harpist rebecca roth

rebecca roth


Engraved image of Style 21 harp from 1899 Lyon and Healy Catalog with parts labeled.

Image courtesy of Lyon & Healy Harps lyonhealy.com

My harp was made some time around 1892 or 3, possibly as late as 1895. I know this because Lyon & Healy, the manufacturers that made it, are still in business.

I called them to get an insurance appraisal, and when asked for the serial number, I said, “It's 142.” There was silence while the person on the other end waited for me to say a few more numbers.

"Oh! Your harp is old! Did you know we have a reprint of our 1899 catalog, and in it is listed early serial numbers with the original owners? Her name was Mabelle Lynn Childs."


"There's also a picture of her with your harp."

" … "

I ordered the catalog.

Through the other listings of owners, and their testimonials, some dated and referencing a purchase date, I was able to narrow down when mine might have been made. It was definitely made before 1899, when the catalog was printed, and after 1892. Mabelle was teaching music in 1897 and was active through 1909.

(Mabelle has her own interesting story)

The harp had experienced a resurgence (according to the Chautauquan of 1898 v.27) because the recent improvements in the double action harp by Americans. I'm pretty sure this is a reference to Lyon & Healy as they also mention Chicago. L&H had several patents published from 1892 to 1895, which fits.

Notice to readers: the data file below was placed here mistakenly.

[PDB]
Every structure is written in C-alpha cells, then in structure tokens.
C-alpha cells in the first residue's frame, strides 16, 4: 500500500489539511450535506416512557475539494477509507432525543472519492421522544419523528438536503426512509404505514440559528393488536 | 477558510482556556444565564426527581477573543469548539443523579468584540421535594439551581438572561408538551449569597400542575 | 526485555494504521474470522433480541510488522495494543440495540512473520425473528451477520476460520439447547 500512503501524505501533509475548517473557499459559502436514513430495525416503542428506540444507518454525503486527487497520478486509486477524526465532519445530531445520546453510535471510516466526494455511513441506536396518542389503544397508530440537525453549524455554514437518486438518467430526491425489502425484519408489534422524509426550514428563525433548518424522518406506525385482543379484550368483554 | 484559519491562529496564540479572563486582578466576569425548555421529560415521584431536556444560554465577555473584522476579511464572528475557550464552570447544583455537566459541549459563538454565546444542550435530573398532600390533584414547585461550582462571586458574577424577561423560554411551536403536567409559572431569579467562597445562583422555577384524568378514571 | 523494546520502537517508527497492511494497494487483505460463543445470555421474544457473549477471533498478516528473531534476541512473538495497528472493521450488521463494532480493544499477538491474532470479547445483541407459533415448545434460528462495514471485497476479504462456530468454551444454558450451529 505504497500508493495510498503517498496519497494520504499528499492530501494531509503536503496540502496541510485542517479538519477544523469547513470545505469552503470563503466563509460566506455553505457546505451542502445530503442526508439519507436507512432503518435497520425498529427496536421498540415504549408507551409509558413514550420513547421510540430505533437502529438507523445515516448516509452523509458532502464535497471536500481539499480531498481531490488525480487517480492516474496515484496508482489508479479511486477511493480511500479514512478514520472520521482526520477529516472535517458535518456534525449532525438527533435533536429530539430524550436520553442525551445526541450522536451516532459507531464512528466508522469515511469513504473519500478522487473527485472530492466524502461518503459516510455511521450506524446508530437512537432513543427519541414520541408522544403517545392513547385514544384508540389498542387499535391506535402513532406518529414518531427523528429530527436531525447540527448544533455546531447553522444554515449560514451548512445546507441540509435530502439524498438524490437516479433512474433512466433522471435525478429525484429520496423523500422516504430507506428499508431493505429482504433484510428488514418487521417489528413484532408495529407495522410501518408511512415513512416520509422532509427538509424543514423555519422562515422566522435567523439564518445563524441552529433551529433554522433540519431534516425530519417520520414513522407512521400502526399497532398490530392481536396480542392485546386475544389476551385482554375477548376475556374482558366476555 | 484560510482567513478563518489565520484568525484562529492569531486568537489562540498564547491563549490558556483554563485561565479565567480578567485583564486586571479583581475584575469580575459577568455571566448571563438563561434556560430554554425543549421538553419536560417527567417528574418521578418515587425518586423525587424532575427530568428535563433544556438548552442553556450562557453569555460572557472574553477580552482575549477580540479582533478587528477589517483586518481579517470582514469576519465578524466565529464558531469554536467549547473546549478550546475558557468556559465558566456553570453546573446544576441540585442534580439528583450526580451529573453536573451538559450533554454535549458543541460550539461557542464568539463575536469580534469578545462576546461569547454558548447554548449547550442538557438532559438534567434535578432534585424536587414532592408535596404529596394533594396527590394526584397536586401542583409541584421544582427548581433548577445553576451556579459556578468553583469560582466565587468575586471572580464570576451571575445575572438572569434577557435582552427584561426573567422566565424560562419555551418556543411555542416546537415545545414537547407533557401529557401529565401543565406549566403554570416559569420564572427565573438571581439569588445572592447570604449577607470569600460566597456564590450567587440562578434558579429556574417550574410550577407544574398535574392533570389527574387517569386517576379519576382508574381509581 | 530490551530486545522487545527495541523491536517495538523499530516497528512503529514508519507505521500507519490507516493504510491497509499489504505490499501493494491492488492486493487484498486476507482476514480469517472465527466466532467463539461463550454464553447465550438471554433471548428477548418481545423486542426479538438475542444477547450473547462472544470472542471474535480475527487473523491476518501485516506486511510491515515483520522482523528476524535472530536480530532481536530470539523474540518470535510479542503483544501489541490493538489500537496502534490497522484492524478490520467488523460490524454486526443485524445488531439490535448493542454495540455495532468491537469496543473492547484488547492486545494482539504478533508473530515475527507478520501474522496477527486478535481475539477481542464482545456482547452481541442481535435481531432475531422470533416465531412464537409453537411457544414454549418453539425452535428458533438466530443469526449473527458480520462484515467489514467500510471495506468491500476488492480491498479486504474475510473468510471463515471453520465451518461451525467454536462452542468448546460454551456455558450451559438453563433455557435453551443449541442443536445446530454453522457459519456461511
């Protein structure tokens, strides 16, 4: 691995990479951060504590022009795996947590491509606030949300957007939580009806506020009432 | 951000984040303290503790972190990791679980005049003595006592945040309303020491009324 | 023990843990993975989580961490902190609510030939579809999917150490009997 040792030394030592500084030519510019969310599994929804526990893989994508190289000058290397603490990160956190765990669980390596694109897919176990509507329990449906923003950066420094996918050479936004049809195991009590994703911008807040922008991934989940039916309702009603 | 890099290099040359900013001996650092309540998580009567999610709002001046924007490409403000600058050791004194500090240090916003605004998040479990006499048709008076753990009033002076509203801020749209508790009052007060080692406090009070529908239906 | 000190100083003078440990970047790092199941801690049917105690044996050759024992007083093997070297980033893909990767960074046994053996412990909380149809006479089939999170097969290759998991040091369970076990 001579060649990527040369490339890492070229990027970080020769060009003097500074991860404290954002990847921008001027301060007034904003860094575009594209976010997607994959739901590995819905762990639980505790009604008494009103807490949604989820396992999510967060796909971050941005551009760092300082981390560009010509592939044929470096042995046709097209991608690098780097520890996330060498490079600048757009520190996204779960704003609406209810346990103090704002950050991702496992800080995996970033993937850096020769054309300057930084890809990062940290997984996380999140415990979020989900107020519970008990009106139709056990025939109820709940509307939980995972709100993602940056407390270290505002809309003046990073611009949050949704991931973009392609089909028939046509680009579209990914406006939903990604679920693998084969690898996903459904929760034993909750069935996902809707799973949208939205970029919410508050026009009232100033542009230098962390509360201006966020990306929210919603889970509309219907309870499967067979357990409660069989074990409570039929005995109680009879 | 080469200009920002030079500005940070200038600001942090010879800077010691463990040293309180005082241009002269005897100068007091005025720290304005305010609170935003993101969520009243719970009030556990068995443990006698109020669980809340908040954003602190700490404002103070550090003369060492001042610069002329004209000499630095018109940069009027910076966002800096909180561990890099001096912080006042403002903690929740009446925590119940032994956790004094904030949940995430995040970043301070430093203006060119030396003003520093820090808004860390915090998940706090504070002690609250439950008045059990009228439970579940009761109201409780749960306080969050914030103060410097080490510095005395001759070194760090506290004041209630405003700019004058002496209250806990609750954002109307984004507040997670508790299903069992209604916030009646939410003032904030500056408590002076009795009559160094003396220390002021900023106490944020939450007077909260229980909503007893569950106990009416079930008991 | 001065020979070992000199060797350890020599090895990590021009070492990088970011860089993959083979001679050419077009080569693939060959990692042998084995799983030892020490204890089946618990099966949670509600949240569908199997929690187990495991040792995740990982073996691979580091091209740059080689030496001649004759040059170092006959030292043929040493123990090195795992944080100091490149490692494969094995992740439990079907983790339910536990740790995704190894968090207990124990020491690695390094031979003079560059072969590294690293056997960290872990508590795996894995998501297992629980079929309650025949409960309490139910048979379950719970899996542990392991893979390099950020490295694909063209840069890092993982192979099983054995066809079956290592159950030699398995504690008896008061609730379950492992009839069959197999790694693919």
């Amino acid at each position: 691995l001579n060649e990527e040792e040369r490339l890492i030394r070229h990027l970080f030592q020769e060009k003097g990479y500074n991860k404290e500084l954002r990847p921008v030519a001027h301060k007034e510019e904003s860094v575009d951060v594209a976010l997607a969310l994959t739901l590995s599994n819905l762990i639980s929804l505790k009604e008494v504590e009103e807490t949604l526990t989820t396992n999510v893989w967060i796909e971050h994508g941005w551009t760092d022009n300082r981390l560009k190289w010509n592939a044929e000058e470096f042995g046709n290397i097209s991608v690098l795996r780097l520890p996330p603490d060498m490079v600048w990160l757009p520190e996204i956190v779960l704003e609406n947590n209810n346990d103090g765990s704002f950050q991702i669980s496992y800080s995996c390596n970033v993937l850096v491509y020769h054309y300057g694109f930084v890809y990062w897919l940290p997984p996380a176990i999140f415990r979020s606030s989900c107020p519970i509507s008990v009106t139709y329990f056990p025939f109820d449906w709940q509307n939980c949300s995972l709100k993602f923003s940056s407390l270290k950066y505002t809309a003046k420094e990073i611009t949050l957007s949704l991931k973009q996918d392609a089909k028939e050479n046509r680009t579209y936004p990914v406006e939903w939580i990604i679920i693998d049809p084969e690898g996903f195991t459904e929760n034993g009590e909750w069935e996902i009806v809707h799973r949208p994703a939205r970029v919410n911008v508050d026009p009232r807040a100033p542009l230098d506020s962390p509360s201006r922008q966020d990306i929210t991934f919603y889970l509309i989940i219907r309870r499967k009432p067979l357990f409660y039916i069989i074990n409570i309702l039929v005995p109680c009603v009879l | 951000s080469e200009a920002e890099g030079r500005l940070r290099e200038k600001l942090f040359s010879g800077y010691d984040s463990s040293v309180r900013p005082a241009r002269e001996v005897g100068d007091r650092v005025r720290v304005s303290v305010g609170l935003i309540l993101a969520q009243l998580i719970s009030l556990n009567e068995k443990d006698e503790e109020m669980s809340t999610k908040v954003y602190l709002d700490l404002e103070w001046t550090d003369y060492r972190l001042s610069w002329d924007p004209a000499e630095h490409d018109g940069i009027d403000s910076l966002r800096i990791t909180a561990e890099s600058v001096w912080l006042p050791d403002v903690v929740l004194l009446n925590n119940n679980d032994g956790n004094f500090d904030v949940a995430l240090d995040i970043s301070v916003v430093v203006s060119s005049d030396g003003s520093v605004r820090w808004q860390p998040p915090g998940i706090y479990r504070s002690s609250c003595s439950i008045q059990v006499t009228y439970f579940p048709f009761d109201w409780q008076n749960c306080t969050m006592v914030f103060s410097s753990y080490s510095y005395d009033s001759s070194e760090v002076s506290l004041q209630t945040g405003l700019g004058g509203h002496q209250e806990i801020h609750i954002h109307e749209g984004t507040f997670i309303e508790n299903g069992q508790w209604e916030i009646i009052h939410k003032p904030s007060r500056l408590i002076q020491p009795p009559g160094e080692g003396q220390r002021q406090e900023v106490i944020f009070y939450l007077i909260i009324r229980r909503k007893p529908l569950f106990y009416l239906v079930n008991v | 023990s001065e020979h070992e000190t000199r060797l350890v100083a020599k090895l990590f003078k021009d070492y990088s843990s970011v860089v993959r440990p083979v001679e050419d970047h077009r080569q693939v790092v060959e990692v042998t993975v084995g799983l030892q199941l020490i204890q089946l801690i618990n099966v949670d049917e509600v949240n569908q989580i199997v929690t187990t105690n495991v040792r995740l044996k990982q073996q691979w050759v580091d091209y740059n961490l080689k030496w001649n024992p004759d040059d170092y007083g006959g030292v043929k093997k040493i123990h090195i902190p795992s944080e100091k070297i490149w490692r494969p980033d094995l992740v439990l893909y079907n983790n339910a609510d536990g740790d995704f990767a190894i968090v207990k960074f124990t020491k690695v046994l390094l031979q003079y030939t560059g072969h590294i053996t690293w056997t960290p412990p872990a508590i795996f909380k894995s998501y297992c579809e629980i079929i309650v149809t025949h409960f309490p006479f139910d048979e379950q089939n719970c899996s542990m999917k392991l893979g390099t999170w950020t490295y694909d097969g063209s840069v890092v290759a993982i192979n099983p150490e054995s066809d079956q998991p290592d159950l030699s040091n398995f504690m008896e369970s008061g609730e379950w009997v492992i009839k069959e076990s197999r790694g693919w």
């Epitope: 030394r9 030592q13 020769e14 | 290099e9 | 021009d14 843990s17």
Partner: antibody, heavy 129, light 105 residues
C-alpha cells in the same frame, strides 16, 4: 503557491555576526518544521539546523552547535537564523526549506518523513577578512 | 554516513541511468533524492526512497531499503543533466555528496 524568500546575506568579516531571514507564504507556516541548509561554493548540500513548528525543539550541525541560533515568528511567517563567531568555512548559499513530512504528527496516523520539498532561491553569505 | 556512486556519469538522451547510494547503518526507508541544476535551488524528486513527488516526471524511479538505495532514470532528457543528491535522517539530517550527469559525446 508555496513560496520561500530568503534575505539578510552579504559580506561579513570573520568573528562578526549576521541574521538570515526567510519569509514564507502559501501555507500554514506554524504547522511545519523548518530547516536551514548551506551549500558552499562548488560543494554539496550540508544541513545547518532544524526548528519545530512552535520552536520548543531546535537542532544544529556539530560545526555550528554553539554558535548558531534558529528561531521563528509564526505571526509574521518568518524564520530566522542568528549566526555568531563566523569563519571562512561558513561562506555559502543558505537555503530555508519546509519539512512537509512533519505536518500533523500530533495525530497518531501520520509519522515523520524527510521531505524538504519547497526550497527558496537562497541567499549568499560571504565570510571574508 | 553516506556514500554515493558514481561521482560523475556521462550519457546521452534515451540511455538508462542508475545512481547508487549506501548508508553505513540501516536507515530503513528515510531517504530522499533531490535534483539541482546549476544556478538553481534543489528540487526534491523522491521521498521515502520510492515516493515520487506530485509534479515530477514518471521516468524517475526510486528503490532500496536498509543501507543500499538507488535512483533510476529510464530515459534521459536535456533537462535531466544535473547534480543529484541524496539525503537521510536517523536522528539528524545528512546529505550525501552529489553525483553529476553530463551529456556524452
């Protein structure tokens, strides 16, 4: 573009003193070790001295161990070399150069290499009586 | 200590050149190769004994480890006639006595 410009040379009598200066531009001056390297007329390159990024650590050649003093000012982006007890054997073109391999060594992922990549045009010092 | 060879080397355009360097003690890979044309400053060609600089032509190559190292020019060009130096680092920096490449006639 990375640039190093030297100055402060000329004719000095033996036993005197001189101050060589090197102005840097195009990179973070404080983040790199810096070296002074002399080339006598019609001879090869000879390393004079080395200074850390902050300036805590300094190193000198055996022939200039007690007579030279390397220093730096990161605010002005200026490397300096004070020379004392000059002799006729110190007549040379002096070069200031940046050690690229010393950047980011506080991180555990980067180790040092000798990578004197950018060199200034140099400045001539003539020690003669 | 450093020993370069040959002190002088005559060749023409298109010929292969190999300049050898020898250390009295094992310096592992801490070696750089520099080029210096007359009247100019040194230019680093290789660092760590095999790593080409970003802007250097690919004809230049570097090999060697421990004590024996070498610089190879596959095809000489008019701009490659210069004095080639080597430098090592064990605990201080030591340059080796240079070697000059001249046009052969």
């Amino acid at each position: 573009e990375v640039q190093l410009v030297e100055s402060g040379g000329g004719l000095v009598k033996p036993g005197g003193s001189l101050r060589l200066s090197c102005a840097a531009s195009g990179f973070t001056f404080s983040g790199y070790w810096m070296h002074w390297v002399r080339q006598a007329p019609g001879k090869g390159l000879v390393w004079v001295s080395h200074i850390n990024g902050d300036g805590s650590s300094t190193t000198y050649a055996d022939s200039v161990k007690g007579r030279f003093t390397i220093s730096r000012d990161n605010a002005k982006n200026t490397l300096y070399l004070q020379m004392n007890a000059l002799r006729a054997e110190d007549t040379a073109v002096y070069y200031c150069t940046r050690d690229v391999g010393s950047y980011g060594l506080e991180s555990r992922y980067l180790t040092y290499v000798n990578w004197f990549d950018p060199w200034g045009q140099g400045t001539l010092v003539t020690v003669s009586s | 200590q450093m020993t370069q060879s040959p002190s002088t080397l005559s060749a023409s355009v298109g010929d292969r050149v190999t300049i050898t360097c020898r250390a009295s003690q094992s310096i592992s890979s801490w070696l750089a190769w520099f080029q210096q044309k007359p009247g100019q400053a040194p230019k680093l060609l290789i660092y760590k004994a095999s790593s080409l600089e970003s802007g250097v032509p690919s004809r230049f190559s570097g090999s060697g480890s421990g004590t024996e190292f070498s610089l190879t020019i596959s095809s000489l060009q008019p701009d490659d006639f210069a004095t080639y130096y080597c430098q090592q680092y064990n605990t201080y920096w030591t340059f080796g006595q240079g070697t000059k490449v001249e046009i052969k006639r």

The improvements they made were things such as interchangeable parts, parts that were adjustable by the performer (thank you!), and structural fortifications. "Other improvements have so greatly lengthened the life of the harp that the best instruments are good for an active service of 100 years".

And here we are.

Harps are under enormous amounts of tension and pressure from the force of the strings. The improvements that Lyon & Healy made were a result of years of working on other manufacturers' harps, and those improvements were to strengthen the harp where they saw frequent structural failures. But those pressure points are still pressure points.

So while mine has lasted, I'm not sure it has really lasted.

I've been told that the base was most likely replaced soon after manufacture. I know the soundboard has been replaced by the person my parents bought it from, likely in the 1970s or 80s. The neck has been replaced while I've owned it. The body has either been replaced or painted - instead of the lovely curly maple, it is a French polished ebony. An educated guess by a harp technician is that this change may have been done when the neck was replaced at an earlier time, to more easily match both the neck and the body colors. Maybe curly maple is hard to find?

So is it the original harp? I think, technically, if it is the original action (the moving metal parts contained behind the neck plate that control the sharping and flatting discs) that has the serial number on it, it is considered the original harp. Like if you have a knee replacement, you're still you. Coincidentally, the knee has also been replaced on my harp.

The action, however, is on its last legs. Metal does tend to stretch over time, and it has been repaired as much as it can be. I have no way of knowing how much longer this instrument will be in service, and I feel so lucky to have this harp and appreciate the limited time I may have with it.